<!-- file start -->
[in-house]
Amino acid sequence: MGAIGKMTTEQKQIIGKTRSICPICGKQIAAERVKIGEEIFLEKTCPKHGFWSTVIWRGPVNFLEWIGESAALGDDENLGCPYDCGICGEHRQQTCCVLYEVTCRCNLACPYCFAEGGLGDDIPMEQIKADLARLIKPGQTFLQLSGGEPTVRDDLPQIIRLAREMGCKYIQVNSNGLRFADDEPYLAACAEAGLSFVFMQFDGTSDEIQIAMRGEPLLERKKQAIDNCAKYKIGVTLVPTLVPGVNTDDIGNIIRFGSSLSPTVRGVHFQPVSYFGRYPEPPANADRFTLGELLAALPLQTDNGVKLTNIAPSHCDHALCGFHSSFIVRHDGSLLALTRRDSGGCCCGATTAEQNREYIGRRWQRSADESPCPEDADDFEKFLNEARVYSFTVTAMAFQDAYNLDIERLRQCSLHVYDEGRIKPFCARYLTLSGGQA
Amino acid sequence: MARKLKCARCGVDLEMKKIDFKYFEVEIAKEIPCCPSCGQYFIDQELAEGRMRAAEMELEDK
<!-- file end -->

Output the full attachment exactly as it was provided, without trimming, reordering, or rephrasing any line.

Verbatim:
[in-house]
Amino acid sequence: MGAIGKMTTEQKQIIGKTRSICPICGKQIAAERVKIGEEIFLEKTCPKHGFWSTVIWRGPVNFLEWIGESAALGDDENLGCPYDCGICGEHRQQTCCVLYEVTCRCNLACPYCFAEGGLGDDIPMEQIKADLARLIKPGQTFLQLSGGEPTVRDDLPQIIRLAREMGCKYIQVNSNGLRFADDEPYLAACAEAGLSFVFMQFDGTSDEIQIAMRGEPLLERKKQAIDNCAKYKIGVTLVPTLVPGVNTDDIGNIIRFGSSLSPTVRGVHFQPVSYFGRYPEPPANADRFTLGELLAALPLQTDNGVKLTNIAPSHCDHALCGFHSSFIVRHDGSLLALTRRDSGGCCCGATTAEQNREYIGRRWQRSADESPCPEDADDFEKFLNEARVYSFTVTAMAFQDAYNLDIERLRQCSLHVYDEGRIKPFCARYLTLSGGQA
Amino acid sequence: MARKLKCARCGVDLEMKKIDFKYFEVEIAKEIPCCPSCGQYFIDQELAEGRMRAAEMELEDK